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12 Ways to Close the ‘Green Gap’

david dornfeldThe interest and focus on sustainability is now more evident than ever before. Advertisements in increasing numbers trumpet some aspect of a product or a service as “sustainable.” Usually it is not, but that doesn’t stop the attractiveness of using it to sell. Business has also noticed and there is increasing attention to “business plans for sustainability” and evidence that customers, if not investors, reward some businesses for trying to be sustainable. But, as mentioned last time, it is not clear if we are making any real progress.

Some attribute this to the presence of a “green gap.” The opening statement in a report from 2011 by Ogilvy and Mather sums up the “green gap” as follows:

“While we have been relatively good at getting people to believe in the importance of more sustainable behaviors, practices, and purchases, we have been unable to convert this belief fully into action.” (p. 13)

For reference, the “green gap” is defined in the report as the gap between consumers’ green intentions and green actions. One might argue that this applies to business, and manufacturing, as well.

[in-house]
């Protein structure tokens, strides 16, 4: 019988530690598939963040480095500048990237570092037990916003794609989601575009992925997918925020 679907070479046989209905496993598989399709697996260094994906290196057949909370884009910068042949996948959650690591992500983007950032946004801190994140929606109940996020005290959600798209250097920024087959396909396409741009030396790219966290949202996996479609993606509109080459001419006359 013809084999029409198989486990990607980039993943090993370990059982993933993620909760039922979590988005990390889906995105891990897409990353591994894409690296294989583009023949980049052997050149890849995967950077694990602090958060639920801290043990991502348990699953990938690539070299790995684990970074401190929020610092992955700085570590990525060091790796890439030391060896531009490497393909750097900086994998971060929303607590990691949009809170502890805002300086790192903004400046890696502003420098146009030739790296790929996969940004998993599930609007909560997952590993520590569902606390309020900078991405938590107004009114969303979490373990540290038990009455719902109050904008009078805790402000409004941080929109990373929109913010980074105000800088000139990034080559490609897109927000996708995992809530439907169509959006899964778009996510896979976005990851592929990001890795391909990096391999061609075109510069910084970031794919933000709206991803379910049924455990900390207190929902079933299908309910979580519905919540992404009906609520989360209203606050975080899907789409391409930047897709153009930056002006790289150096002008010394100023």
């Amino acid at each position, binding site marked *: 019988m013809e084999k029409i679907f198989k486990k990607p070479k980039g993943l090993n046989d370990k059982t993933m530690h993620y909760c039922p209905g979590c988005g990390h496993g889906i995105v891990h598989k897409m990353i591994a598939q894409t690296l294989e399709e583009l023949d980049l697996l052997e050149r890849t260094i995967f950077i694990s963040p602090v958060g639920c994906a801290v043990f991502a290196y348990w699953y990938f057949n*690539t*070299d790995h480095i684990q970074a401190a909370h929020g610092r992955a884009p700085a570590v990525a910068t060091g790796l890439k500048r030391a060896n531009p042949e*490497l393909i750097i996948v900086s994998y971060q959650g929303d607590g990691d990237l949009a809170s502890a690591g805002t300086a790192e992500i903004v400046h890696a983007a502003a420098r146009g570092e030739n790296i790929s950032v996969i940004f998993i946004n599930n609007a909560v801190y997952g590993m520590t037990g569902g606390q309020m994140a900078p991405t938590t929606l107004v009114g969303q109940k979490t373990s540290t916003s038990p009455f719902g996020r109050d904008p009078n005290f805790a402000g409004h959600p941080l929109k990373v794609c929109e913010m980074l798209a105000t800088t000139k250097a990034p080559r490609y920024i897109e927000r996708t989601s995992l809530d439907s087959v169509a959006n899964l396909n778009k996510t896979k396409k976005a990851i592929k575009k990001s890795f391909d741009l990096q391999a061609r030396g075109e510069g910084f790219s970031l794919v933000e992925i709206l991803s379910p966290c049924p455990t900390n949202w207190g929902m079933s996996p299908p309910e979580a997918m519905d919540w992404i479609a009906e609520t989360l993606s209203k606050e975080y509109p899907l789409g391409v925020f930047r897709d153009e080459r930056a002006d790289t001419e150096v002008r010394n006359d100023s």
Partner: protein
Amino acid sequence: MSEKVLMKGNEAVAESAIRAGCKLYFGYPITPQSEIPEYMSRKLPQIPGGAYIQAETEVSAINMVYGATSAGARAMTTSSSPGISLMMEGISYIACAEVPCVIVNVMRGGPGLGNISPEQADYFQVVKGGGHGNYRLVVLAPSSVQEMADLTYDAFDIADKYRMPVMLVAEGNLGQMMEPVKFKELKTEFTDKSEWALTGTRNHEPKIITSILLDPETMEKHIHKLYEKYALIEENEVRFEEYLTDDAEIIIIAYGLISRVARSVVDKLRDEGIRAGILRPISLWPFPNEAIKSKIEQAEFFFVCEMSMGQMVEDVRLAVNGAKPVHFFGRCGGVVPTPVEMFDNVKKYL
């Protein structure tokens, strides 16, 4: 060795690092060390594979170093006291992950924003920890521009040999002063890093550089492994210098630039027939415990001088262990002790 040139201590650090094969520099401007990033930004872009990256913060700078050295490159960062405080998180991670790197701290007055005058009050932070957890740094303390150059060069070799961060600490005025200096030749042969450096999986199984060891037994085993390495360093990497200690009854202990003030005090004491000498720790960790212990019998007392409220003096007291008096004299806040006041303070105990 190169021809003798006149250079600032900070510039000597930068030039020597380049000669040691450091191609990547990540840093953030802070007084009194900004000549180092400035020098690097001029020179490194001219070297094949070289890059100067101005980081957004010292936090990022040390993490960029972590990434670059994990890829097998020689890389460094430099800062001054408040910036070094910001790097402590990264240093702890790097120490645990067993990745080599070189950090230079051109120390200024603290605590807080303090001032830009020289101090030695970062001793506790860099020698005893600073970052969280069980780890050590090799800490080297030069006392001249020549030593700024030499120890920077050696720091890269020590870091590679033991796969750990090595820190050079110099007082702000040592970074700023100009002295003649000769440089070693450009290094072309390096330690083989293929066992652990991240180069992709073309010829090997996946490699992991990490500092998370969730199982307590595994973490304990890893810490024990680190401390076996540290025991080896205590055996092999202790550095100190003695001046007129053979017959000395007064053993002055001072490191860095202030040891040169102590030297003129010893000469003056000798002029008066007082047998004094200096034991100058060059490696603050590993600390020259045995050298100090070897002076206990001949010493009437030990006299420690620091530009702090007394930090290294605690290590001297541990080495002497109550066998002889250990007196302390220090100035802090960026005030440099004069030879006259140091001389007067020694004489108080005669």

This is the other end of the equation with respect to increasing value while reducing impact (as it defines what consumers are willing to count as “value” in the domain of sustainable products) and it provides animation for implementing the circular economy. If there is no motivation or perceived reward and the value is not recognized, then circular concepts, unless masked in conventional marketing or product functionality/value, will not be successful.

There was frustration expressed at the meeting held as part of the process to generate this report that, while many people in leadership positions – the so-called “thought leaders” – keep hammering away on the issues and need for action, the mainstream consumer is not really responding. Or, if responding, not responding rapidly or massively enough.

The chart below illustrates this point. In a survey of behavior in the US and China (PRC) respondents were asked indicate the importance of certain activities in terms of their definition of living a green or sustainable lifestyle (called “importance”). They then were then asked with respect to these activities whether or not they usually do the activity (called “behavior”). The gap between the two responses shows the divide between belief and action … the “green gap.” The activities asked about were:

Choosing the Correct Emission Control Technology
Sponsored By: Anguil Environmental Systems

  
Run an Efficient EHS Audit Program - A How-to Guide
Sponsored By: Sphera Solutions

  
Packaging LED & Advanced Rooftop Unit Control (ARC) Retrofits for Maximum Performance
Sponsored By: Transformative Wave

  
Leveraging EHS Software in Support of Culture Changes
Sponsored By: VelocityEHS

  

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